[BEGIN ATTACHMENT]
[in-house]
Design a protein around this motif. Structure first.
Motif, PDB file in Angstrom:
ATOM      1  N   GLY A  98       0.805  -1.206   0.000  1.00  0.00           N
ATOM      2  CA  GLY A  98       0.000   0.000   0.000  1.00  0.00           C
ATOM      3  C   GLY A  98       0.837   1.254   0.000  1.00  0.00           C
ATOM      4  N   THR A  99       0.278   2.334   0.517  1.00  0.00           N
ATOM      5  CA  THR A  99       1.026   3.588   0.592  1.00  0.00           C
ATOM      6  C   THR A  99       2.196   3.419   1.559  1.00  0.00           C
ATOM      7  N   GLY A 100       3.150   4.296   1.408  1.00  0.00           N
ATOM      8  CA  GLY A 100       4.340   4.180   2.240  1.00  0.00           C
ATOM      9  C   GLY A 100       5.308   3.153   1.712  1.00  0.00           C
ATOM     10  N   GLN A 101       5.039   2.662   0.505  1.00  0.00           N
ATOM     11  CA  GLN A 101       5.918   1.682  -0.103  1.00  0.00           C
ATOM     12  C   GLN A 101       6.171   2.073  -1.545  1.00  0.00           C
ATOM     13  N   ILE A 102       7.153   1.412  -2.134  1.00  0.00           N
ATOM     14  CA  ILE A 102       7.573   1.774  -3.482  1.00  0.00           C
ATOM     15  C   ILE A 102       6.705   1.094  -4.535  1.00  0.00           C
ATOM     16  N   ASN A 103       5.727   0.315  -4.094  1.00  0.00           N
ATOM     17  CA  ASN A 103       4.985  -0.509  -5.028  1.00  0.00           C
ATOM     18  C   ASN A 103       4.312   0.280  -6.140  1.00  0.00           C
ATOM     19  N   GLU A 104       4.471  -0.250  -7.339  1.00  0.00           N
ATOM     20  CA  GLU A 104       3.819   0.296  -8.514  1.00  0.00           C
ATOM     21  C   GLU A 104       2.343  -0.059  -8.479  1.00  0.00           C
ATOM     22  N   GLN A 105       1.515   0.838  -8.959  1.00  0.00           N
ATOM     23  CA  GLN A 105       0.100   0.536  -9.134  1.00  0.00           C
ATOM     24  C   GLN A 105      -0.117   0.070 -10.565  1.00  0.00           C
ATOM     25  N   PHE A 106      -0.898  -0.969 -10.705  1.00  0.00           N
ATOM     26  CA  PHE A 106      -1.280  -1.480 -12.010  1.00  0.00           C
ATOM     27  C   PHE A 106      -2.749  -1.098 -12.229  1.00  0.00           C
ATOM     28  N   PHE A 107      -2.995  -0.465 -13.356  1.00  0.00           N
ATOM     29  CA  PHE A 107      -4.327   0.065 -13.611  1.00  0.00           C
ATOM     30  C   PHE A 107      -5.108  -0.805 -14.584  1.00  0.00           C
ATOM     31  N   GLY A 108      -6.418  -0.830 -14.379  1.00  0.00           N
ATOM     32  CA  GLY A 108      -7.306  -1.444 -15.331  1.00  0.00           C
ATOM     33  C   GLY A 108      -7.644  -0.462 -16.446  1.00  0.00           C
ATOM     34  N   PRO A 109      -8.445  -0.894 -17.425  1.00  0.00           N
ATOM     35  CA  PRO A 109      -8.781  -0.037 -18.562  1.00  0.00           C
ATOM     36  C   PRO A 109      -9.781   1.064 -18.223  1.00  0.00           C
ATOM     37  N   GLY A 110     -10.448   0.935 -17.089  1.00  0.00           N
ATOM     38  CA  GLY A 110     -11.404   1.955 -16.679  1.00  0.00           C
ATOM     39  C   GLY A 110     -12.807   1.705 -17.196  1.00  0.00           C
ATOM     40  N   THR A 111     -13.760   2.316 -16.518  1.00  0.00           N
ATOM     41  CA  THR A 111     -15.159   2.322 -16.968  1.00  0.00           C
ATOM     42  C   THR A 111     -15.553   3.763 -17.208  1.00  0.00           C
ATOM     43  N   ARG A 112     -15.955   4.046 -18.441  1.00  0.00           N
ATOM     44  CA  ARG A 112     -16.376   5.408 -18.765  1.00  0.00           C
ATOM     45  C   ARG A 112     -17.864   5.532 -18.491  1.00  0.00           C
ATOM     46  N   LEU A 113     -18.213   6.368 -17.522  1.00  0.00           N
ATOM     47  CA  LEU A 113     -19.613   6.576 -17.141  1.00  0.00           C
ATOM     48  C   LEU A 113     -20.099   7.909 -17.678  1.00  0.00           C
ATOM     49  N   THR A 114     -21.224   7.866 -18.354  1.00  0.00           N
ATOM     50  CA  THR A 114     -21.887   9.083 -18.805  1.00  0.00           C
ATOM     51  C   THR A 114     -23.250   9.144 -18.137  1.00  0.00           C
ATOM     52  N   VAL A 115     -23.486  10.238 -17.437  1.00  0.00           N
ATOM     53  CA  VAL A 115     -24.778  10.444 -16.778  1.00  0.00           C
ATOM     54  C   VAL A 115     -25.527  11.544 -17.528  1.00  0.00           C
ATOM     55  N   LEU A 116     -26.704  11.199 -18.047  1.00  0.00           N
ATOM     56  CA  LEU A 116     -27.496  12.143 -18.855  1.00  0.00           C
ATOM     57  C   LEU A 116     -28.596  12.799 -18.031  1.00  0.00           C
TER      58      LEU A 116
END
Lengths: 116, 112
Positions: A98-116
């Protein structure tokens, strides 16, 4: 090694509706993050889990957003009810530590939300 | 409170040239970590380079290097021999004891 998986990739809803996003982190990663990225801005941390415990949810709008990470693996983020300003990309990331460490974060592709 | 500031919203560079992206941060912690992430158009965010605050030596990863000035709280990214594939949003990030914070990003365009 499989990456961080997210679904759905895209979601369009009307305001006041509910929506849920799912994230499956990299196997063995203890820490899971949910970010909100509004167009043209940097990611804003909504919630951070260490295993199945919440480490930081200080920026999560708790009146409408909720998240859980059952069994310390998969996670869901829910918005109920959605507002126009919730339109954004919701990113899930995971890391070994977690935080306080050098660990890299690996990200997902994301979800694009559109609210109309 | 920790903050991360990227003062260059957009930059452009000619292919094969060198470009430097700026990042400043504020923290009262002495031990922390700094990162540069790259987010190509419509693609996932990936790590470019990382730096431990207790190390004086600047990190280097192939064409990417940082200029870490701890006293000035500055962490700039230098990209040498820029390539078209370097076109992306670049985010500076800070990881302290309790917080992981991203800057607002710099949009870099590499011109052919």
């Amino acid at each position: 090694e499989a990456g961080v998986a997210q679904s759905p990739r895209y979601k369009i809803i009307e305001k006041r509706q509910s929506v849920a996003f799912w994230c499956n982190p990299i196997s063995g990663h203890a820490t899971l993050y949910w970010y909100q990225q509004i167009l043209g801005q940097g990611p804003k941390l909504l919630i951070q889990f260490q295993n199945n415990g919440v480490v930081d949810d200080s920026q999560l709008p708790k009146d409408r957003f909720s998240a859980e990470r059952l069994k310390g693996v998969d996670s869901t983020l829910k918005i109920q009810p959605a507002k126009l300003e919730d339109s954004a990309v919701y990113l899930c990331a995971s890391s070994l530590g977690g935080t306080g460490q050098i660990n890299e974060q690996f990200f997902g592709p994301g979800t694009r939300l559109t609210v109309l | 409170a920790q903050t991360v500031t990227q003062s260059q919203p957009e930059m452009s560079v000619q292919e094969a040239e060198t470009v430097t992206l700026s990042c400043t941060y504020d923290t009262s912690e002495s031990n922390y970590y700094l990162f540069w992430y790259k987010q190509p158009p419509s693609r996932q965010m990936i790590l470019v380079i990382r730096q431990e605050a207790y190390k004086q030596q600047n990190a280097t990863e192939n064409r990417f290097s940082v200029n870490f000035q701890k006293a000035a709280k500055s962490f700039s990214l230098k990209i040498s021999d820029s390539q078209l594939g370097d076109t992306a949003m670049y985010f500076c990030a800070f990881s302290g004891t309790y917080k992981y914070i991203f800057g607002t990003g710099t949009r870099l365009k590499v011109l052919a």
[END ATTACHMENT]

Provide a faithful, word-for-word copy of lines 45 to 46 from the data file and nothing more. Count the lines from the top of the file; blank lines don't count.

ATOM     42  C   THR A 111     -15.553   3.763 -17.208  1.00  0.00           C
ATOM     43  N   ARG A 112     -15.955   4.046 -18.441  1.00  0.00           N